Unbeaten Scottish star Josh Taylor continued his meteoric rise this past weekend, delivering a career-best performance as he dismantled the previously unbeaten American Ryan Martin in seven brutally one-sided rounds in their World Boxing Super Series semi-final in Glasgow.

The victory, while advancing Taylor to the semi-finals of the glitzy knockout-format tournament, also affords the 27-year-old southpaw his maiden World title shot against Ivan Baranchyk following the Belarussian’s stoppage win over Anthony Yigit in New Orleans.

In a career spanning just fourteen fights, Taylor has blazed a formidable trail through the professional ranks and the precocious Prestonpans puncher now finds himself on the verge of superstardom.

After a hard-earned victory over former WBC World super lightweight champion Viktor Postol in June – a victory that saw him enter the WBSS – Taylor’s masterful showing against Martin is evidence of his continual improvement into a bona fide elite talent.

Having weathered a sizeable storm in the seventh round of his bout with ‘The Iceman’ – as well as alluding to issues with over-thinking and nerves in preparation for the bout (the biggest challenge of his career) – Taylor, evidently, has learned from his gut-check and matured into a fighter that Hall-of-Fame manager and mentor Barry McGuigan called ‘the best 140lb’er on the planet’.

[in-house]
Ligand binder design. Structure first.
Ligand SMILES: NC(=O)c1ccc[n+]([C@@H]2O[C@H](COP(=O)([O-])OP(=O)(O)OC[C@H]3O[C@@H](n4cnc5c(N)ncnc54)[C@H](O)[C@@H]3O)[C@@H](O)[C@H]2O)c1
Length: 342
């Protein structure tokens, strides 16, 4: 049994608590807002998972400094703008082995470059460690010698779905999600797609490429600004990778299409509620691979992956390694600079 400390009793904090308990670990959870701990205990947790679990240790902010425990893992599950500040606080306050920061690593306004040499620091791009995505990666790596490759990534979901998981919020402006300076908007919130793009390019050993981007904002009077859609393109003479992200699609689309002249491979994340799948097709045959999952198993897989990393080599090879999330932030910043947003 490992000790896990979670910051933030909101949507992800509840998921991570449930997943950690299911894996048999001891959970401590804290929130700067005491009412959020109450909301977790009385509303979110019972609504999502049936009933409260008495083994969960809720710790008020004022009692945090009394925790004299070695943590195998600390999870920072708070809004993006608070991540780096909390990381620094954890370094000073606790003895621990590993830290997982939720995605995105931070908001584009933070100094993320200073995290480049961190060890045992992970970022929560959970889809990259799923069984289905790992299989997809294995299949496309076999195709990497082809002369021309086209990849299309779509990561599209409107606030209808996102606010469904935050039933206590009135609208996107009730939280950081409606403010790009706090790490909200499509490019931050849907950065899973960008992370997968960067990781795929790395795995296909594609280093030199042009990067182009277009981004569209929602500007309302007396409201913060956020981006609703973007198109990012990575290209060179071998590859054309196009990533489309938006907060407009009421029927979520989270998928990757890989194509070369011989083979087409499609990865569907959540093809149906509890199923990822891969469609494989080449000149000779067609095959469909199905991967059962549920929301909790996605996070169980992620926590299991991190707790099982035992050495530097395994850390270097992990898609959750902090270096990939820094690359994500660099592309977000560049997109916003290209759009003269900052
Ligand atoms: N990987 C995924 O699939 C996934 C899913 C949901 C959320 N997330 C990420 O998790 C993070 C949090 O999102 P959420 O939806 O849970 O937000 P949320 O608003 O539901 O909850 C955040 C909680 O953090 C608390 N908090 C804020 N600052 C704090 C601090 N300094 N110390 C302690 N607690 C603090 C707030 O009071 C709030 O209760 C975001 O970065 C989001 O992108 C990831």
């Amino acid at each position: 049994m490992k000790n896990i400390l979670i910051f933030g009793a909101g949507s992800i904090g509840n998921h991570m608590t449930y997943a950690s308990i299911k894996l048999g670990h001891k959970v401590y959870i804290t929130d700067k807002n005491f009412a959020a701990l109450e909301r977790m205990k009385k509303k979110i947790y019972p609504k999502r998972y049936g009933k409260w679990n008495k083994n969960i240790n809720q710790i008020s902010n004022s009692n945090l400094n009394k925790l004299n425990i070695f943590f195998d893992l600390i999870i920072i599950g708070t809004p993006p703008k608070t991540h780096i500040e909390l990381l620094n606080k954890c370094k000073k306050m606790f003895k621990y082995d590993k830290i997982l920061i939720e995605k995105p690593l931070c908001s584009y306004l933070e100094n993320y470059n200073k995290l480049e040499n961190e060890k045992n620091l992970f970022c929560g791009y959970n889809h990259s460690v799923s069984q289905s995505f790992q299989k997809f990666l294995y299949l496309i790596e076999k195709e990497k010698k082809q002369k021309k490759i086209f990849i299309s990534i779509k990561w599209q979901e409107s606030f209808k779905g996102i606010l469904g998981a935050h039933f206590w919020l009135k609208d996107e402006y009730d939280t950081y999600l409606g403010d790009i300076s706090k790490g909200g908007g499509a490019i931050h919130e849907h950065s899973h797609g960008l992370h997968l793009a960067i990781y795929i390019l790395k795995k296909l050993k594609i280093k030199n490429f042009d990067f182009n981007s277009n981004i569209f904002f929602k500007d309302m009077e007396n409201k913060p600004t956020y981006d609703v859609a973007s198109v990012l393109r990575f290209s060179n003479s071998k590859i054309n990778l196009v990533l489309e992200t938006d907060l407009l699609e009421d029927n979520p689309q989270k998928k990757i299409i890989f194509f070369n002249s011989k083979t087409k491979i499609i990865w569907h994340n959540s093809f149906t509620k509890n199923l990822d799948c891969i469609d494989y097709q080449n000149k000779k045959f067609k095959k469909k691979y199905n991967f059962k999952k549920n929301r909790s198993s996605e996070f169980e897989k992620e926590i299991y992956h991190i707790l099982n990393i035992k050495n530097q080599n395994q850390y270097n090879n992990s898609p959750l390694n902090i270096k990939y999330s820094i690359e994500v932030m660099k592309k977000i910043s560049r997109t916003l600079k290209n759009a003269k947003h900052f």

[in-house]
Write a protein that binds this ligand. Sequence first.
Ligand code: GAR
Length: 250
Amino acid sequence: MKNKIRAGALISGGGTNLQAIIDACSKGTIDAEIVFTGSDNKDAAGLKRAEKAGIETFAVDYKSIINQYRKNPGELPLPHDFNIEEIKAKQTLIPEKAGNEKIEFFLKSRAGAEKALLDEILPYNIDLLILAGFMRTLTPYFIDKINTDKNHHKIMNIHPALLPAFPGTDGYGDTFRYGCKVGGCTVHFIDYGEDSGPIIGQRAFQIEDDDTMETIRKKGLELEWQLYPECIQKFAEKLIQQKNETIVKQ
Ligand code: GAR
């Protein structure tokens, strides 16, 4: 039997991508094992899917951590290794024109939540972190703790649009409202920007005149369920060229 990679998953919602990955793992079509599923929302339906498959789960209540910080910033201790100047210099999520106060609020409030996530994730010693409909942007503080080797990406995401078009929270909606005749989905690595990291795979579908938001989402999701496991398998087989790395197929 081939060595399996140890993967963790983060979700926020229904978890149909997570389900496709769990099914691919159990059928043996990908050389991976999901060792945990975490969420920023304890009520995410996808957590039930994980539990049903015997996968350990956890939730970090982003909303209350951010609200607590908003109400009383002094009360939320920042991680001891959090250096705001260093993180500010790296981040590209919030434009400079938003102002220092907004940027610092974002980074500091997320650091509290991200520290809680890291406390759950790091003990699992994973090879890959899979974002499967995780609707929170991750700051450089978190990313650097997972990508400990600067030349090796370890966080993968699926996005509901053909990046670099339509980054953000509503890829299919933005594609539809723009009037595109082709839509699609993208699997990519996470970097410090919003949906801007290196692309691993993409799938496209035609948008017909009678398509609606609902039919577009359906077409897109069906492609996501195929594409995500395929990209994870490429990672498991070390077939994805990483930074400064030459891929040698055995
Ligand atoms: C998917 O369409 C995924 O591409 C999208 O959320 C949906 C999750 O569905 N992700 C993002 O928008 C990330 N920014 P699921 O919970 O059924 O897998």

Given the ease in which ‘The Tartan Tornado’ blew away his opponent at the SSE Hydro Arena: it would take a brave man to argue with the former World featherweight champion.

Shane McGuigan, son of Barry and Taylor’s trainer, was similarly effusive, and once again highlighted the importance of Taylor’s win over Postol when analysing his star pupil’s latest victory.

“It was the performance that he should have produced against Postol.” said trainer Shane McGuigan when analysing his star pupil’s victory.

“We’ve dwelled on the Postol fight, but what happened in that fight and how he [Taylor] responded – weathering a storm, coming on strong late in the fight and getting the decision – are the hallmarks of creating a world class fighter: and that’s what he is.” McGuigan continued.